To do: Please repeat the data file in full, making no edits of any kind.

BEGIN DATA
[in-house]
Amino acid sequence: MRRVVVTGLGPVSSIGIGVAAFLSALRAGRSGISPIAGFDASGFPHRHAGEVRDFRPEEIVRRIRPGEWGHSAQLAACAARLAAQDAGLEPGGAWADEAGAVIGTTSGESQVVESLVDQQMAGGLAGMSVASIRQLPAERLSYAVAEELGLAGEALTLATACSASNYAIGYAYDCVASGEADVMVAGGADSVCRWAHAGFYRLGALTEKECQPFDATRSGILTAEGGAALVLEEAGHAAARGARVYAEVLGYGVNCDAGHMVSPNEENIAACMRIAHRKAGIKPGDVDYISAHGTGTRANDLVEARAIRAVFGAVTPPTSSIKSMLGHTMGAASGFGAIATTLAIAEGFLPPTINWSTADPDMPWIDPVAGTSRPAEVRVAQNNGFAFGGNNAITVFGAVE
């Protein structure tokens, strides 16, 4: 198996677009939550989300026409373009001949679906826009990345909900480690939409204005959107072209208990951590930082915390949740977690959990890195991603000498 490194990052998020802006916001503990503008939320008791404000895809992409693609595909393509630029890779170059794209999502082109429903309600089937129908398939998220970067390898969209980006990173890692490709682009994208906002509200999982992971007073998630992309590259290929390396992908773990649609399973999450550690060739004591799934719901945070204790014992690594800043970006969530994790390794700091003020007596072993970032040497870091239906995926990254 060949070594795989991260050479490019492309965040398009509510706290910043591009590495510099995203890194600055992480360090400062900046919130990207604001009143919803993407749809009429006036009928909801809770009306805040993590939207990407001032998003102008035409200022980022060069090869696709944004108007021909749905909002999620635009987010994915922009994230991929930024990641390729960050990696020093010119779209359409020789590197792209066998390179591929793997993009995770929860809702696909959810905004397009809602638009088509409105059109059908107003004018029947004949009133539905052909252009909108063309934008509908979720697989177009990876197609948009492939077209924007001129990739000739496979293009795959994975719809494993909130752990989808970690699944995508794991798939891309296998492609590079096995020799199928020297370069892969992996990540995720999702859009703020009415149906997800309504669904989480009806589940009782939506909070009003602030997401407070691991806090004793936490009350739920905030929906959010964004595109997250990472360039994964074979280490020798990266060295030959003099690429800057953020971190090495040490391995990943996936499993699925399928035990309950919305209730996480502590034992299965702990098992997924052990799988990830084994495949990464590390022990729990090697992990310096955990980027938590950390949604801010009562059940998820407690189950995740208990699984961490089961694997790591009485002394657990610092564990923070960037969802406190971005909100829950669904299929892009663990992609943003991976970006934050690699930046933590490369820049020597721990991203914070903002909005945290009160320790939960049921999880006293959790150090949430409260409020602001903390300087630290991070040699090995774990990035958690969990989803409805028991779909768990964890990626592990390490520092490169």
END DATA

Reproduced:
[in-house]
Amino acid sequence: MRRVVVTGLGPVSSIGIGVAAFLSALRAGRSGISPIAGFDASGFPHRHAGEVRDFRPEEIVRRIRPGEWGHSAQLAACAARLAAQDAGLEPGGAWADEAGAVIGTTSGESQVVESLVDQQMAGGLAGMSVASIRQLPAERLSYAVAEELGLAGEALTLATACSASNYAIGYAYDCVASGEADVMVAGGADSVCRWAHAGFYRLGALTEKECQPFDATRSGILTAEGGAALVLEEAGHAAARGARVYAEVLGYGVNCDAGHMVSPNEENIAACMRIAHRKAGIKPGDVDYISAHGTGTRANDLVEARAIRAVFGAVTPPTSSIKSMLGHTMGAASGFGAIATTLAIAEGFLPPTINWSTADPDMPWIDPVAGTSRPAEVRVAQNNGFAFGGNNAITVFGAVE
């Protein structure tokens, strides 16, 4: 198996677009939550989300026409373009001949679906826009990345909900480690939409204005959107072209208990951590930082915390949740977690959990890195991603000498 490194990052998020802006916001503990503008939320008791404000895809992409693609595909393509630029890779170059794209999502082109429903309600089937129908398939998220970067390898969209980006990173890692490709682009994208906002509200999982992971007073998630992309590259290929390396992908773990649609399973999450550690060739004591799934719901945070204790014992690594800043970006969530994790390794700091003020007596072993970032040497870091239906995926990254 060949070594795989991260050479490019492309965040398009509510706290910043591009590495510099995203890194600055992480360090400062900046919130990207604001009143919803993407749809009429006036009928909801809770009306805040993590939207990407001032998003102008035409200022980022060069090869696709944004108007021909749905909002999620635009987010994915922009994230991929930024990641390729960050990696020093010119779209359409020789590197792209066998390179591929793997993009995770929860809702696909959810905004397009809602638009088509409105059109059908107003004018029947004949009133539905052909252009909108063309934008509908979720697989177009990876197609948009492939077209924007001129990739000739496979293009795959994975719809494993909130752990989808970690699944995508794991798939891309296998492609590079096995020799199928020297370069892969992996990540995720999702859009703020009415149906997800309504669904989480009806589940009782939506909070009003602030997401407070691991806090004793936490009350739920905030929906959010964004595109997250990472360039994964074979280490020798990266060295030959003099690429800057953020971190090495040490391995990943996936499993699925399928035990309950919305209730996480502590034992299965702990098992997924052990799988990830084994495949990464590390022990729990090697992990310096955990980027938590950390949604801010009562059940998820407690189950995740208990699984961490089961694997790591009485002394657990610092564990923070960037969802406190971005909100829950669904299929892009663990992609943003991976970006934050690699930046933590490369820049020597721990991203914070903002909005945290009160320790939960049921999880006293959790150090949430409260409020602001903390300087630290991070040699090995774990990035958690969990989803409805028991779909768990964890990626592990390490520092490169």